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Friday, July 16, 2010
The world is hotter than ever - NOAA

By Oren Dorell, USA TODAY

March, April, May and June set records, making 2010 the warmest year worldwide since record-keeping began in 1880, the National Oceanic and Atmospheric Administration says. “It’s part of an overall trend,” says Jay Lawrimore, climate analysis chief at NOAA’s National Climatic Data Center. “Global temperatures ... have been rising for the last 100-plus years. Much of the increase is due to increases in greenhouse gases.”

There were exceptions: June was cooler than average across Scandinavia, southeastern China, and the northwestern USA, according to NOAA’s report.

If nothing changes, Lawrimore predicts:

•Flooding rains like those in Nashville in May will be more common.

“The atmosphere is able to hold more water as it warms, and greater water content leads to greater downpours,” he says.

• Heavy snow, like the record snows that crippled Baltimore and Washington last winter, is likely to increase because storms are moving north. Also, the Great Lakes aren’t freezing as early or as much. “As cold outbreaks occur, cold air goes over the Great Lakes, picks up moisture and dumps on the Northeast,” he says.

• Droughts are likely to be more severe and heat waves more frequent.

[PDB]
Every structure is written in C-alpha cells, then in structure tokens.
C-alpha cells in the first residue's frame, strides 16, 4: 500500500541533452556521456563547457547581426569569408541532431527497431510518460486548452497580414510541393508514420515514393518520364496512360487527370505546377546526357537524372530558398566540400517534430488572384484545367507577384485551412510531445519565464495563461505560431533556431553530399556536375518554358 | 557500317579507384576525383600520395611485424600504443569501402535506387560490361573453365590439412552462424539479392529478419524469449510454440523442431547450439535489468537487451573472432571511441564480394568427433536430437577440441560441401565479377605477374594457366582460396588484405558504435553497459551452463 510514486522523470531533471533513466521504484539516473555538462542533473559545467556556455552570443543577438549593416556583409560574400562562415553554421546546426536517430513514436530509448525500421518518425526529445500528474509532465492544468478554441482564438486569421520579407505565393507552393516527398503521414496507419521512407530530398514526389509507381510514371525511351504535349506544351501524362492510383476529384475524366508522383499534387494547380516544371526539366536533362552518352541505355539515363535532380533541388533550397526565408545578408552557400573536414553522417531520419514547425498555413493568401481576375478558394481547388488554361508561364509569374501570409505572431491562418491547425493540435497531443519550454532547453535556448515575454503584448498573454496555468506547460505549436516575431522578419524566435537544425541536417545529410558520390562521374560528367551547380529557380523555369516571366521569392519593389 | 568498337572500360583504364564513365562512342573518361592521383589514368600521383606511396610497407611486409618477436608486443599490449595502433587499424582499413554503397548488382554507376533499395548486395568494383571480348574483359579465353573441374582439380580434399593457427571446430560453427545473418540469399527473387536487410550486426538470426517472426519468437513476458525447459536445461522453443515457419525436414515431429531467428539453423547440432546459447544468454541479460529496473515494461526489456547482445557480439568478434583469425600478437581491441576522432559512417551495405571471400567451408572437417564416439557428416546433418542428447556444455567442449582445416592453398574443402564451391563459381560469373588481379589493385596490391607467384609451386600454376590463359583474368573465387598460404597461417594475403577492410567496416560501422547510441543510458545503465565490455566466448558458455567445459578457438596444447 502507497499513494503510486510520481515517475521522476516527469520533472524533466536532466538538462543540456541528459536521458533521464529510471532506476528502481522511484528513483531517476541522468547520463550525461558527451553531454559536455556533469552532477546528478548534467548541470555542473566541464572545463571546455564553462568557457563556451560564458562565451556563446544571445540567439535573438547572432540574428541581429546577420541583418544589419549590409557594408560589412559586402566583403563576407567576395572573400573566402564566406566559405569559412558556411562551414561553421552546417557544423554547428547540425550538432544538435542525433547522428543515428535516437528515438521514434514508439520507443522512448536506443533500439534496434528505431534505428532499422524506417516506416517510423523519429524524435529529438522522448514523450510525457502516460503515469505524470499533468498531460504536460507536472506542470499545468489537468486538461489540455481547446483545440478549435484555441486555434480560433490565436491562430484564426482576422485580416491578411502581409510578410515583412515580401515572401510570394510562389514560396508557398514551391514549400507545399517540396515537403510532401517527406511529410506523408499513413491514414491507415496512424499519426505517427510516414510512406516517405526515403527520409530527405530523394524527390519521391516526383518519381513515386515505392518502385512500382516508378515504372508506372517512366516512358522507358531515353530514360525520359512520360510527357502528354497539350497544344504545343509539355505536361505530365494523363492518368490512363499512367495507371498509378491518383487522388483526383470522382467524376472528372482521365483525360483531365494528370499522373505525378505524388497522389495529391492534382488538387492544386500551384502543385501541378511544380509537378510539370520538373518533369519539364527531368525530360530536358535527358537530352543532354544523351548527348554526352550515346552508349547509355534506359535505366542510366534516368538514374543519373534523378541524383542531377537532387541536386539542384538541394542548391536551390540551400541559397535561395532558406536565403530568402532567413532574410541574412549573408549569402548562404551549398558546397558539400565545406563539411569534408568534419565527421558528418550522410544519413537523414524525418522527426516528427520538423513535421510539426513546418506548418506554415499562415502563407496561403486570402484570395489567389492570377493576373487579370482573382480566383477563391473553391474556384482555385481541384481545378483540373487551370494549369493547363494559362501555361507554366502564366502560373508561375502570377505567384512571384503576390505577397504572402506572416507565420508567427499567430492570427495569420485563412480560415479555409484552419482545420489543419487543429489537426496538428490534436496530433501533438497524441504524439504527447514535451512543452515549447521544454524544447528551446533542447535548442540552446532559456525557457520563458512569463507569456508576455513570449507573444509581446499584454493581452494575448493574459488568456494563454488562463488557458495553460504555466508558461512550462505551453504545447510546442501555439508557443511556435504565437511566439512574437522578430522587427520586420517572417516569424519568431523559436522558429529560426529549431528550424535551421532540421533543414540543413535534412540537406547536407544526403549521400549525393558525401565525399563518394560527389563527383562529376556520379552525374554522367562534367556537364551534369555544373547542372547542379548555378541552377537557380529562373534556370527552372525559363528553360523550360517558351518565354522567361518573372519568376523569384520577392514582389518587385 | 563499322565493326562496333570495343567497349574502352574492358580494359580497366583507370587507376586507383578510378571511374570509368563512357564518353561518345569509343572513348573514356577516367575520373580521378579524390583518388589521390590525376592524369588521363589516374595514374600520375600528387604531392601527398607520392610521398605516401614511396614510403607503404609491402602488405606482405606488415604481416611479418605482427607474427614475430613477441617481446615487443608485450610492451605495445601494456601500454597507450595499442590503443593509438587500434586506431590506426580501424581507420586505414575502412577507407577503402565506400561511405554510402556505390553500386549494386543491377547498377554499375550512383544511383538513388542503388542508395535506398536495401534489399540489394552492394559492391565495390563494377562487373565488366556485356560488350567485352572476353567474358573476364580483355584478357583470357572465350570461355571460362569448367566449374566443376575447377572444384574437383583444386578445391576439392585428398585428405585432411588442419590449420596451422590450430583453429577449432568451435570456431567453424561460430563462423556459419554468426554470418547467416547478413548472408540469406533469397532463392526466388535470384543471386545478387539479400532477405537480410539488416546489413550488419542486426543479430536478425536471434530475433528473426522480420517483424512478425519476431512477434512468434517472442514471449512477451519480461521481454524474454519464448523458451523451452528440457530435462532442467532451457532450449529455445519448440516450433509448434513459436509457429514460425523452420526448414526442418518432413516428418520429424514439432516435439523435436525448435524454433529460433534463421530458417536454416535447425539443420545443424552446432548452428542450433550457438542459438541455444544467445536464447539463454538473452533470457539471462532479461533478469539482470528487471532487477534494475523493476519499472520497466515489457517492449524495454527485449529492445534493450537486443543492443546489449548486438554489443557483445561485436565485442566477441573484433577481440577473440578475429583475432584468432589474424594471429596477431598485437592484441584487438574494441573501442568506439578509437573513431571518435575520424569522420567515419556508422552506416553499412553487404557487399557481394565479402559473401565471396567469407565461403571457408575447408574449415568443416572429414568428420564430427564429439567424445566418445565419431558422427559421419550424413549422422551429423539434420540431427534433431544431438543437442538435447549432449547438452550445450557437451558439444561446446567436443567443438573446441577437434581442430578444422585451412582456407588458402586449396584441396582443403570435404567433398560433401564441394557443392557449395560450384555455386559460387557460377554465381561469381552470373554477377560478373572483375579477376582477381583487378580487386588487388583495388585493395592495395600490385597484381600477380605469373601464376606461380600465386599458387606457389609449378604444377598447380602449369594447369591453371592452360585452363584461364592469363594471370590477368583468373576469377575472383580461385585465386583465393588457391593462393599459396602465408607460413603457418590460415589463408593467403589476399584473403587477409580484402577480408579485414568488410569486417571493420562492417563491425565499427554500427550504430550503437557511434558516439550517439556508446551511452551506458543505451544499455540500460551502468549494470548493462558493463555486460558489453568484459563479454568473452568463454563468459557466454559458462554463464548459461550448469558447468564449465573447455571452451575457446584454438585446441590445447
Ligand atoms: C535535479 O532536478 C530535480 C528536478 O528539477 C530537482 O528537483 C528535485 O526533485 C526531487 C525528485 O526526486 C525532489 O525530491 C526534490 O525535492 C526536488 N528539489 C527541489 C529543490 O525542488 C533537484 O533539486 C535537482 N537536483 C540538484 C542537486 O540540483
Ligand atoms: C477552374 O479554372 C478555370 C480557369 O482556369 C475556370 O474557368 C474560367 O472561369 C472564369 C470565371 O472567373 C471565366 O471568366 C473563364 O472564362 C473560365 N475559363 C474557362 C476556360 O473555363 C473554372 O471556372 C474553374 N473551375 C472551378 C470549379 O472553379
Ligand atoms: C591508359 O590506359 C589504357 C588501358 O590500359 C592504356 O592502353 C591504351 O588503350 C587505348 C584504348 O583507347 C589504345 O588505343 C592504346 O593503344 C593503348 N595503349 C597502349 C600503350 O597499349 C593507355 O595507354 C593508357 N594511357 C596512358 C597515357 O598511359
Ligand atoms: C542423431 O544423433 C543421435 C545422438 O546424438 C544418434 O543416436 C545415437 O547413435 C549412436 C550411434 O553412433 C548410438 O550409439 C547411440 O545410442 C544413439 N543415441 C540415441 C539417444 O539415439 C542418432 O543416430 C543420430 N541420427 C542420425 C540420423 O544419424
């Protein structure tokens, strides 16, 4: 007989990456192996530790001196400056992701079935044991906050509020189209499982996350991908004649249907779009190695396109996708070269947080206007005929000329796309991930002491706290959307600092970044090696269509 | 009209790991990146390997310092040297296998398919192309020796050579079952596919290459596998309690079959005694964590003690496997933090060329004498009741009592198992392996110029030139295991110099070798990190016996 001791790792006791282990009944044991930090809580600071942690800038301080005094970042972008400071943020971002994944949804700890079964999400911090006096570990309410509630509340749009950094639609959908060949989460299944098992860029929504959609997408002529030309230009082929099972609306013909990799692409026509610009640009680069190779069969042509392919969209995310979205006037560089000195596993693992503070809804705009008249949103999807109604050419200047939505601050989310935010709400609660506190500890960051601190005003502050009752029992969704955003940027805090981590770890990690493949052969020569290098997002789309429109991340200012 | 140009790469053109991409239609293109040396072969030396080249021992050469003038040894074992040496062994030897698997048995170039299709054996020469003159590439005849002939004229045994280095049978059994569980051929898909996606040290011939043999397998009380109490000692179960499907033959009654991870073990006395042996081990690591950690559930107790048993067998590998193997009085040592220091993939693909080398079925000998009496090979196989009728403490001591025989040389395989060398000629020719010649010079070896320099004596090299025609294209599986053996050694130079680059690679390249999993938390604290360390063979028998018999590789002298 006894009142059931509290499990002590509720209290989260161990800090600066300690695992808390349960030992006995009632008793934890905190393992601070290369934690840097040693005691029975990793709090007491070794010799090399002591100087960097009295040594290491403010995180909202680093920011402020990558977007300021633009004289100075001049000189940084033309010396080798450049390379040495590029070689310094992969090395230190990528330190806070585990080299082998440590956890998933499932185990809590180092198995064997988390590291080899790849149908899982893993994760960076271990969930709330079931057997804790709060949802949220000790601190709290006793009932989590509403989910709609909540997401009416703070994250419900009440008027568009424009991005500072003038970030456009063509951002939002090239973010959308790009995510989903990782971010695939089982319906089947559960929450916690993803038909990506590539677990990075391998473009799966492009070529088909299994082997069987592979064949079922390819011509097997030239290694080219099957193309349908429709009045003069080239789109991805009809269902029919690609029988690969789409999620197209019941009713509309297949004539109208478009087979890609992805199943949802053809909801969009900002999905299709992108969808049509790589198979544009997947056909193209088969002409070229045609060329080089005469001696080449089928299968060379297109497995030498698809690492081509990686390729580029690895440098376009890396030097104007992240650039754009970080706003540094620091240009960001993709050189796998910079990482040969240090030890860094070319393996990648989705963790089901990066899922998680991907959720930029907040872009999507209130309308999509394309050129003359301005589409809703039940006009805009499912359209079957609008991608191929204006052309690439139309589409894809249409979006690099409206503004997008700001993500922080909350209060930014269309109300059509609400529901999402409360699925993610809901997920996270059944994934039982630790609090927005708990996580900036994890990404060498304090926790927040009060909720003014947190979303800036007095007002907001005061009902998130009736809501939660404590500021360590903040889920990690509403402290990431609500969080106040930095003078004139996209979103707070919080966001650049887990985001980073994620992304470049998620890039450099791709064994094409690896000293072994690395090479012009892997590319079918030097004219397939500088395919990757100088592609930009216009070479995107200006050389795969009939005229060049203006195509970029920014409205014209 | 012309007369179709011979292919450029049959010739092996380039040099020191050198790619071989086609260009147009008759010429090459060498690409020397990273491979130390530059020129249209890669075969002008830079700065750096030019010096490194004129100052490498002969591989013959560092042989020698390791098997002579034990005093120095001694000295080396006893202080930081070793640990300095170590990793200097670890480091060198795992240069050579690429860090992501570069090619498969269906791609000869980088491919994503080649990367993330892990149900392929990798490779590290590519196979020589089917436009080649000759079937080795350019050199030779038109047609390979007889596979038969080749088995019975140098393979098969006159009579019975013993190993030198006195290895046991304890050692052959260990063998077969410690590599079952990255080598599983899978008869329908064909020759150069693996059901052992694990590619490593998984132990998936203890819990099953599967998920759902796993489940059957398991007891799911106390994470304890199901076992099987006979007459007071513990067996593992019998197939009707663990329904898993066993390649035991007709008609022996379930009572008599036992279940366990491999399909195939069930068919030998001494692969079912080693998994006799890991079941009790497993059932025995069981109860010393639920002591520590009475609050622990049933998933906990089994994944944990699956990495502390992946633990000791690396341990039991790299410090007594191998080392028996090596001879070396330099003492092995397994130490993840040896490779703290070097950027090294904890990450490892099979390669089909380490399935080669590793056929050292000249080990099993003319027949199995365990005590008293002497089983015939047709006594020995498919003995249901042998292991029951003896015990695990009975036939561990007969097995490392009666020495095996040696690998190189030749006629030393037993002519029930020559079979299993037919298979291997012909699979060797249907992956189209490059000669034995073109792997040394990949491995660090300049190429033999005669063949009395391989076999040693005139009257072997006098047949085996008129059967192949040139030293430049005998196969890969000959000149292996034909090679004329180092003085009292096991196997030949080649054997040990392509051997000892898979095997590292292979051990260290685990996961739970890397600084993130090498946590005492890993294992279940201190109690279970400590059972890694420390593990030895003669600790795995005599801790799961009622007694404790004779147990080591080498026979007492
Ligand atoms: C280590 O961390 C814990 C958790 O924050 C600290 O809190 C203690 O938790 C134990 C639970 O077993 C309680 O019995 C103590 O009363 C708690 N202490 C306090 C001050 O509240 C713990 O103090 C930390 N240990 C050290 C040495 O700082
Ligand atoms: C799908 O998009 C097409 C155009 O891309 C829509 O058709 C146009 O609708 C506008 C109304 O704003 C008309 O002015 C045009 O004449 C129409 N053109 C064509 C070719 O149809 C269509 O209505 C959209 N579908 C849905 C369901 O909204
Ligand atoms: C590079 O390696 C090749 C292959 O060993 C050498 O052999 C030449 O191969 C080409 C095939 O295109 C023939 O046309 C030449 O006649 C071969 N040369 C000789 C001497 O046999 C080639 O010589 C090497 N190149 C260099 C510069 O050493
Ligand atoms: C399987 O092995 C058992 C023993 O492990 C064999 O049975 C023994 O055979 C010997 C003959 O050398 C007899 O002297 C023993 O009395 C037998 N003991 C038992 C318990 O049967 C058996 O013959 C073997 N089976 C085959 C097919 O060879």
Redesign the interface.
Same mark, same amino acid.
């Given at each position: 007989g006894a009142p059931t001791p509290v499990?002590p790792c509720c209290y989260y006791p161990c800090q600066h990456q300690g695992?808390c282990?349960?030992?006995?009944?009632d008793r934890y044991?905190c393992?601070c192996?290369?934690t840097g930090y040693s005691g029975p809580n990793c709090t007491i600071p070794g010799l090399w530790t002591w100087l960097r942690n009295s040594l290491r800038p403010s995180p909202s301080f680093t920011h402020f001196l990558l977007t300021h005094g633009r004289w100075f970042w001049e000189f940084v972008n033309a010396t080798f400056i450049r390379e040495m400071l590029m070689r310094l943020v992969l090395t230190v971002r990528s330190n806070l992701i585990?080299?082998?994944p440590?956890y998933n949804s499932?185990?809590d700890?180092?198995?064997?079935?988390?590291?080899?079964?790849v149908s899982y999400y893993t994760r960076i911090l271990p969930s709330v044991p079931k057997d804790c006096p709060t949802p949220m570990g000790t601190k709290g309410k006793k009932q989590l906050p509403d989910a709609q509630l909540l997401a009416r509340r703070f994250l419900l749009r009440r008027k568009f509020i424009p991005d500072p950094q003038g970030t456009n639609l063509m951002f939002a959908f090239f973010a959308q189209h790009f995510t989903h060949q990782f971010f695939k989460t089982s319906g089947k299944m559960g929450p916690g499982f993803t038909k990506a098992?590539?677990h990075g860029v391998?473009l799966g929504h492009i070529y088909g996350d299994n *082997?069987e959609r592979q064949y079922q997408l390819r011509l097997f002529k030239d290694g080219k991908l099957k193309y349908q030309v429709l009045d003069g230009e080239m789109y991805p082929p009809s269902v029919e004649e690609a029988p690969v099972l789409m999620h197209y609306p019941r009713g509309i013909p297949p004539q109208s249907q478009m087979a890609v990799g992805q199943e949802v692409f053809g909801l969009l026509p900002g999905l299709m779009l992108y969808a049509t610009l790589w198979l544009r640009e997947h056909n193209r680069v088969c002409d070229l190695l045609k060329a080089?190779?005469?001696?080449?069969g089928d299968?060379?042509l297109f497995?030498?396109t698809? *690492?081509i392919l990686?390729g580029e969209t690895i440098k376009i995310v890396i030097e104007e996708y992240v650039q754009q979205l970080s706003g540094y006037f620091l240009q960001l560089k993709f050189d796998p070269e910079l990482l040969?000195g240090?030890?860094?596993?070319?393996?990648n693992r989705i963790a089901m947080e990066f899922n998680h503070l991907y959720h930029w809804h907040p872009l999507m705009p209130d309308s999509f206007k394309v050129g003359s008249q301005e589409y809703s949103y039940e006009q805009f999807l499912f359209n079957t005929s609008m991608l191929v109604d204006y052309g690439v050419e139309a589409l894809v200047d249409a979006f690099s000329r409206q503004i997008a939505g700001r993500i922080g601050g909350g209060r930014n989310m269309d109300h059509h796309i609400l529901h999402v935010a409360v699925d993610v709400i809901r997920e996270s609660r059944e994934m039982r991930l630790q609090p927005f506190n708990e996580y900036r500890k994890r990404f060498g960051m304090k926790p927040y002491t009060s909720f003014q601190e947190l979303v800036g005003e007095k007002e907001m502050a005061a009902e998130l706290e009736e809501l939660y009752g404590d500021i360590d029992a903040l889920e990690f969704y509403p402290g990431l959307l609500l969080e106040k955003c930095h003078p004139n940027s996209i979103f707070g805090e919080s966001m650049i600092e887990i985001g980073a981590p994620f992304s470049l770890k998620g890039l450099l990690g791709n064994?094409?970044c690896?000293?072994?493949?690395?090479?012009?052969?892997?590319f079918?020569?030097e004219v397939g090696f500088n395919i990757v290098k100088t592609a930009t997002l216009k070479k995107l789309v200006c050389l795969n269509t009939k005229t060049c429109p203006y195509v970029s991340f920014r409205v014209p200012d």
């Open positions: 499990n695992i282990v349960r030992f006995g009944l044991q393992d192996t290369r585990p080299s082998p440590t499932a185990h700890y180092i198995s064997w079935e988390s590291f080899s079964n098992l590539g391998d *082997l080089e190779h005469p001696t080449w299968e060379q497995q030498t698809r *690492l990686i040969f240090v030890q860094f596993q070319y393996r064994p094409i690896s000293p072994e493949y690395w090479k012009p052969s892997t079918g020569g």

• More arctic ice will disappear, speeding up warming, as the Arctic Ocean warms “more than would happen if the sea ice were in place,” he says. Arctic sea ice was at a record low in June.

Marc Morano, a global-warming skeptic who edits the Climate Depot website, says the government “is playing the climate fear card by hyping predictions and cherry-picking data.”

Joe D’Aleo, a meteorologist who co-founded The Weather Channel, disagrees, too. He says oceans are entering a cooling cycle that will lower temperatures.

He says too many of the weather stations NOAA uses are in warmer urban areas.

“The only reliable data set right now is satellite,” D’Aleo says.

He says NASA satellite data shows the average temperature in June was 0.79 degrees higher than normal. NOAA says it was 1.22 degrees higher.

ICECAP NOTE: UAH RELEASE: Global composite temp.: +0.44 C (about 0.79 degrees Fahrenheit) above 20-year average for June. All temperature anomalies are based on a 20-year average (1979-1998) for the month reported.) Notes on data released July 7, 2010: